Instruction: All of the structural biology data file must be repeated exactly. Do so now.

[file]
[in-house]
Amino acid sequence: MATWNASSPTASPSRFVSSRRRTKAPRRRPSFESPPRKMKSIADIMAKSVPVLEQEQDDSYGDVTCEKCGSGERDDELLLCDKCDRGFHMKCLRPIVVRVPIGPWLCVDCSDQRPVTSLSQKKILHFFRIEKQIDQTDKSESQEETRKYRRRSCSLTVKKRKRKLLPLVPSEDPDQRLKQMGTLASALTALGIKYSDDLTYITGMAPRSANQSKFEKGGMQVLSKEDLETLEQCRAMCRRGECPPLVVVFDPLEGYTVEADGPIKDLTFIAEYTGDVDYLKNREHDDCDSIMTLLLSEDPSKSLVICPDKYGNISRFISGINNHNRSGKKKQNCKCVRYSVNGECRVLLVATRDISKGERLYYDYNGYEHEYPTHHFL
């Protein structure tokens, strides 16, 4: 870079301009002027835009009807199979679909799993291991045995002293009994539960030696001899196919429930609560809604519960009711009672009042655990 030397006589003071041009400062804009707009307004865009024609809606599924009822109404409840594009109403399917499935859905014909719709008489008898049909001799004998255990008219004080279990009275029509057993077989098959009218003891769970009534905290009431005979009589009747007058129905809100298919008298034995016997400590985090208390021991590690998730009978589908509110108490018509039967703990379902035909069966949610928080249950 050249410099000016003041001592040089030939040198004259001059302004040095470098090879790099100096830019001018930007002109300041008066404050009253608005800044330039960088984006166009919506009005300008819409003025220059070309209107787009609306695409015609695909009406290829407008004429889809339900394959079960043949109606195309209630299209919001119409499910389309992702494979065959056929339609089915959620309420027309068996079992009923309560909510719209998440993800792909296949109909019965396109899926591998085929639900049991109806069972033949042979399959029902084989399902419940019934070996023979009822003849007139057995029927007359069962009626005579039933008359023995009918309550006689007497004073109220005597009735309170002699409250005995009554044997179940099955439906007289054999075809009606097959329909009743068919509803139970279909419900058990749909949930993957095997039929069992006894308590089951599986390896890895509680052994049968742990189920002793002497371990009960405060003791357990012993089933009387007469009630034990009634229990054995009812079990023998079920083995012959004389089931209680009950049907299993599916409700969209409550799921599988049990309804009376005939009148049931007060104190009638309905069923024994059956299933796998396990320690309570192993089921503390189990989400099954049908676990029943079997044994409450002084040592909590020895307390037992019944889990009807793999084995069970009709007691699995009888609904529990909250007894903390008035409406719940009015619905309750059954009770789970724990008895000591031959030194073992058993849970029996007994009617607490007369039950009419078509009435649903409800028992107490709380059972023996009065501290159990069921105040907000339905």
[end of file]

[in-house]
Amino acid sequence: MATWNASSPTASPSRFVSSRRRTKAPRRRPSFESPPRKMKSIADIMAKSVPVLEQEQDDSYGDVTCEKCGSGERDDELLLCDKCDRGFHMKCLRPIVVRVPIGPWLCVDCSDQRPVTSLSQKKILHFFRIEKQIDQTDKSESQEETRKYRRRSCSLTVKKRKRKLLPLVPSEDPDQRLKQMGTLASALTALGIKYSDDLTYITGMAPRSANQSKFEKGGMQVLSKEDLETLEQCRAMCRRGECPPLVVVFDPLEGYTVEADGPIKDLTFIAEYTGDVDYLKNREHDDCDSIMTLLLSEDPSKSLVICPDKYGNISRFISGINNHNRSGKKKQNCKCVRYSVNGECRVLLVATRDISKGERLYYDYNGYEHEYPTHHFL
């Protein structure tokens, strides 16, 4: 870079301009002027835009009807199979679909799993291991045995002293009994539960030696001899196919429930609560809604519960009711009672009042655990 030397006589003071041009400062804009707009307004865009024609809606599924009822109404409840594009109403399917499935859905014909719709008489008898049909001799004998255990008219004080279990009275029509057993077989098959009218003891769970009534905290009431005979009589009747007058129905809100298919008298034995016997400590985090208390021991590690998730009978589908509110108490018509039967703990379902035909069966949610928080249950 050249410099000016003041001592040089030939040198004259001059302004040095470098090879790099100096830019001018930007002109300041008066404050009253608005800044330039960088984006166009919506009005300008819409003025220059070309209107787009609306695409015609695909009406290829407008004429889809339900394959079960043949109606195309209630299209919001119409499910389309992702494979065959056929339609089915959620309420027309068996079992009923309560909510719209998440993800792909296949109909019965396109899926591998085929639900049991109806069972033949042979399959029902084989399902419940019934070996023979009822003849007139057995029927007359069962009626005579039933008359023995009918309550006689007497004073109220005597009735309170002699409250005995009554044997179940099955439906007289054999075809009606097959329909009743068919509803139970279909419900058990749909949930993957095997039929069992006894308590089951599986390896890895509680052994049968742990189920002793002497371990009960405060003791357990012993089933009387007469009630034990009634229990054995009812079990023998079920083995012959004389089931209680009950049907299993599916409700969209409550799921599988049990309804009376005939009148049931007060104190009638309905069923024994059956299933796998396990320690309570192993089921503390189990989400099954049908676990029943079997044994409450002084040592909590020895307390037992019944889990009807793999084995069970009709007691699995009888609904529990909250007894903390008035409406719940009015619905309750059954009770789970724990008895000591031959030194073992058993849970029996007994009617607490007369039950009419078509009435649903409800028992107490709380059972023996009065501290159990069921105040907000339905």